Sukracharya interrupts and tells the King that Vishnu is too small and unworthy to receive a gift.
Ahalya is an unfortunate heroin in this story as it is not her, but Indra that expresses all of these evils.
Envious of Gautama's fortune for being wed to Ahalya, believing that only he was worthy of her, God Indra took to bed Ahalya in the form of her husband.
Expressing lust, envy, and egoism brought him to be a thousand-eyed monster. Jessica Spiker and Ethan Sylvester:
The two of us split up the writing evenly, Jessica writing the first story slides and Ethan finished the rest of the story slides.
We worked together with the Dharma, Conclusion, and Five-Fold Evil section especially.
As for editing, we worked hard to check each other's spelling, read, and reread to make sure everything sounded like it should.
We worked together in directing this project along with finding all the illustrations.
Jessica was able to figure out the whole images thing on Prezi and she really put all the slides and pieces in the right place to make it look nice. Narayan, R. K., and Pankaj Mishra. The Ramayana: A Shortened Modern Prose Version of the Indian Epic (suggested by the Tamil Version of Kamban). New York: Penguin, 2006. Print.
Johnson, Jean. "Rama and the Ramayana: Lessons in Dharma." Rama and the Ramayana: Lessons in Dharma. Web. 26 Oct. 2012. http://www.cs.ucdavis.edu/~vemuri/classes/freshman/RamayanaSynopsis.htm
Valmiki. "The Ramayana Wikipedia." Study Guides & Essay Editing. Web. 26 Oct. 2012. http://www.gradesaver.com/the-ramayana/wikipedia/
Krishnaarpanamastu, Sarvam Sri. "Indian Sages - Sage Viswamitra." Indian Sages - Sage Viswamitra. Web. 26 Oct. 2012. http://www.telugubhakti.com/telugupages/Sages/Viswamitra.htm
http://en.wikipedia.org/wiki/File:Ahalyoddhara.jpg After the story of Mahabali, Viswamithra concluded his story and then announced that he would perform the sacrifices.
Demons came to ruin the service, including the sons of Thataka in order to exact their revenge for their fallen mother.
Rama was able to over come them with Lakshmana.
Due to this act of heroism, Rama was told that they were to go to Mithila City, where Viswamithra knew events would unfold for Rama.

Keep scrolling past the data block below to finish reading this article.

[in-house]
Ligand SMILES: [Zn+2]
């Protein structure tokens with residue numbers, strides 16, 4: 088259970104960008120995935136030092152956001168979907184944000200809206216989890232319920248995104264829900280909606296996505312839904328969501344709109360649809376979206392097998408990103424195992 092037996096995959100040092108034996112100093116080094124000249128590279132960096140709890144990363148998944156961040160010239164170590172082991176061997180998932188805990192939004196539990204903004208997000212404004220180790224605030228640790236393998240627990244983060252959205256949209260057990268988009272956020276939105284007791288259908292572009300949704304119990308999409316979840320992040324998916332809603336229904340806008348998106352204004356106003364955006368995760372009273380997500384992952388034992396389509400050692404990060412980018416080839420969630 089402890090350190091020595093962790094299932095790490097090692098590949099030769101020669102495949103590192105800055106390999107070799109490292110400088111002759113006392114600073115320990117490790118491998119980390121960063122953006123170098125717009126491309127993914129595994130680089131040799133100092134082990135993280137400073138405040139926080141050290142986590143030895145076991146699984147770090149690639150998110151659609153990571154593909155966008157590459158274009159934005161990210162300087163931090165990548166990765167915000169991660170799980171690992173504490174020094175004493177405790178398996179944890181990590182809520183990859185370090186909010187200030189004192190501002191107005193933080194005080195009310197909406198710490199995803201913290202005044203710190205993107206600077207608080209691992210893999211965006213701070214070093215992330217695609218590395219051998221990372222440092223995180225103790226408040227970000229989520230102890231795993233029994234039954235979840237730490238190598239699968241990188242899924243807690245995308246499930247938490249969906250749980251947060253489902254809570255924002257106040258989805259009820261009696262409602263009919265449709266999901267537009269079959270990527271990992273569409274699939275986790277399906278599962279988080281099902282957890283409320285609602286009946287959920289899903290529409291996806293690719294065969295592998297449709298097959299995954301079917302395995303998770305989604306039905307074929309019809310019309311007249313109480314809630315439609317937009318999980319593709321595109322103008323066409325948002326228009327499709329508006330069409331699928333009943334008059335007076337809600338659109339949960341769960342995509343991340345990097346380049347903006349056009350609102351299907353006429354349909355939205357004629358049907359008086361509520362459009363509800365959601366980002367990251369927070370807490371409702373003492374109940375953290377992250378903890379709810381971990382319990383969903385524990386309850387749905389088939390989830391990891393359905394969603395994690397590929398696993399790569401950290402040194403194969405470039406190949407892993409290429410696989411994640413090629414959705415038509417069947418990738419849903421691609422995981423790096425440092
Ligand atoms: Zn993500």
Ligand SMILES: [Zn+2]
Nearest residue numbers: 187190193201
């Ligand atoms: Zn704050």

They came across the Ganges River, leading Viswamithra to begin another story... As Viswamithra, Rama, and Lakshmana were on the outskirts of Mithila City, Rama noticed a shapeless slab in the ground.
He brushed past it and as the dust of his feet fell onto it, the slab immediately transformed into a woman.
Politely introducing Ahalya, Viswamithra proceeded to tell Rama her story and the great Indra whom was studded with a thousand eyes. Conqueror of the Heavens and Earth, Mahabali invited all those that had suffered at his hands and performed yagna (sacrifice).
Vishnu (god responsible for creation, maintenance, and destruction of the world) took the form of a dwarf.
Mahabali sensed his greatness and offered him a gift
Sukracharya, kings adviser, blinded and unable to sense greatness told Mahabali that he must not, the being before him was not worthy.
Mahabali told him off and proceeded to offer.
Sukracharya tries to prevent the oath between Mahabali and Vishnu, but failed.
The dwarf took three steps; one that measured the entire span of the Earth and sky, the second that covered the Heavens, the third on the head of Mahabali, pushing him into the netherworld. One of Rama's ancestors, Sakara, was going to perform an important yagna, the "Horse Sacrifice". However, Indra (the god of war) hid Sakara's horse.
Sakara's grandson rescued the horse (with the help of his uncles who dug a large pit) putting him in good standing. The son of the grandson was named Bhagiratha.
Bhagiratha wanted to help his ancestors attain salvation. He prayed for a total of 30,000 years and finally his request was answered.
Ganga and Shiva made the rivers (Ganges) and the oceans from the large pit.